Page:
Lewis P. Simpson towers among scholars of American literary studies, as an intellectual historian of the South and American literary culture and a revered essayist. His last book, Imagining Our Time, offers a wide-ranging, erudite, and enlightening look at the culture of letters in American society. Primarily through an examination of the works of some of the leading writers of the twentieth century, many of whom Simpson knew intimately, this final volume provides insight into the struggles and concerns unique to prominent American thinkers, literary artists, and critics contemporary to his own lifetime.
Often moving from an intriguing anecdote or recollection to a rigorous discussion of ideas, Simpson's style is captivating. He begins with speculation on Eric Voegelin's interest in Julien Benda's polemic La Trahison des Clercs and follows with thoughts on the declining faith in the university as an embodiment of humanistic letters and learning, surveying the American Republic as far back as Benjamin Franklin. In successive chapters, Simpson pays tribute to Malcolm Cowley as a "hero of the literary art" and probes Robert Penn Warren's fixation with Thomas Jefferson as manifested in the writing and complete rewriting of Brother to Dragons.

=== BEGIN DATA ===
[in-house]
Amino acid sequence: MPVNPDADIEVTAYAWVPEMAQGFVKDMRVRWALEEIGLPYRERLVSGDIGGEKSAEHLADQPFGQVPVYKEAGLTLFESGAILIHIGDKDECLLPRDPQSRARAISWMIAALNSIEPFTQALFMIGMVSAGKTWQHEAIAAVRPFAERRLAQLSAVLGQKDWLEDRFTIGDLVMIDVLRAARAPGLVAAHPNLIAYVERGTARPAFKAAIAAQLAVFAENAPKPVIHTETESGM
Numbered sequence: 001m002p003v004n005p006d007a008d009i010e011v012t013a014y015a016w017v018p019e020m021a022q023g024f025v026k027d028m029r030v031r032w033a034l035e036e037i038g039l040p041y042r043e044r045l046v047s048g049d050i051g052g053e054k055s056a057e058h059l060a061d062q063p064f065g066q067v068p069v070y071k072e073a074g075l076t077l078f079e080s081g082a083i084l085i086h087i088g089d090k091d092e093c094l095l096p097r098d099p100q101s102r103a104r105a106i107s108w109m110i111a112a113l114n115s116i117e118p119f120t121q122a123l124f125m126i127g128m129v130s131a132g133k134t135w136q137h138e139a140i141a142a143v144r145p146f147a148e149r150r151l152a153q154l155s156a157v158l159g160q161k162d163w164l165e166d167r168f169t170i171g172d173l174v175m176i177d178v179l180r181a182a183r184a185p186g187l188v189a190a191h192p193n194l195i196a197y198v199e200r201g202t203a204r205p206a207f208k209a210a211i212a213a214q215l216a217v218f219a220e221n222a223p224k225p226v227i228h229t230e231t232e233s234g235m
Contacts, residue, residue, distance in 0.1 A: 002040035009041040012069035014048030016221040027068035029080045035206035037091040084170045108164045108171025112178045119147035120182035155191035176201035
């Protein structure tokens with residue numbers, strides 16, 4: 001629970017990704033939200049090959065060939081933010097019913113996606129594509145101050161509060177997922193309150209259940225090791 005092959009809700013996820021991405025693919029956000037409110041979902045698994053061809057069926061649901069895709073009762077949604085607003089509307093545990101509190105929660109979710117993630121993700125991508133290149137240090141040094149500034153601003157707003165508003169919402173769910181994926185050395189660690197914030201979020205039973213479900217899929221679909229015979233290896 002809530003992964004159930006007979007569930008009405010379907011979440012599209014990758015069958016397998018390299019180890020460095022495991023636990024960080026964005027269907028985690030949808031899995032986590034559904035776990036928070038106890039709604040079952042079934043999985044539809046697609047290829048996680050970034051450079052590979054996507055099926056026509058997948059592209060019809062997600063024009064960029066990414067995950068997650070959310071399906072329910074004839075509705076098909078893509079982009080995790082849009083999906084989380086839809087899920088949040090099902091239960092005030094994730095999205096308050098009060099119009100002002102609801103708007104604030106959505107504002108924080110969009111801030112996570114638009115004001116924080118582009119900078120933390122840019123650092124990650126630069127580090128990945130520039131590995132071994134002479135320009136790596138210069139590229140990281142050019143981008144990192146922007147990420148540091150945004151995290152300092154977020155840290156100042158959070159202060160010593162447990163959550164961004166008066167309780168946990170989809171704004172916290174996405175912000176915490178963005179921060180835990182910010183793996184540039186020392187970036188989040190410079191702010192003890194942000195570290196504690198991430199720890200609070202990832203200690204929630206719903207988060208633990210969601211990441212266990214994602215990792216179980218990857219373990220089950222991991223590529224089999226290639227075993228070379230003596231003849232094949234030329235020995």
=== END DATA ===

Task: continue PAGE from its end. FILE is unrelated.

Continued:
He ruminates on the vocation of the critic as practiced by Lionel Trilling and Diana Trilling, and the literary and cultural politics of the 1930s. Brief portraits of Andrew Lytle and Louis D. Rubin, Jr., appear, as well as a poignant argument for the autobiographical cast of Eudora Welty's writing. A lengthy, riveting consideration of Simpson's friend Walker Percy and Percy's quest for identity as a modern Christian novelist alienated from the society around him forms the core of the volume.
Fred Hobson's introduction fittingly rounds out Imagining Our Time, offering an intimate appreciation of Lewis Simpson-who will remain a giant among scholars of southern literary studies.
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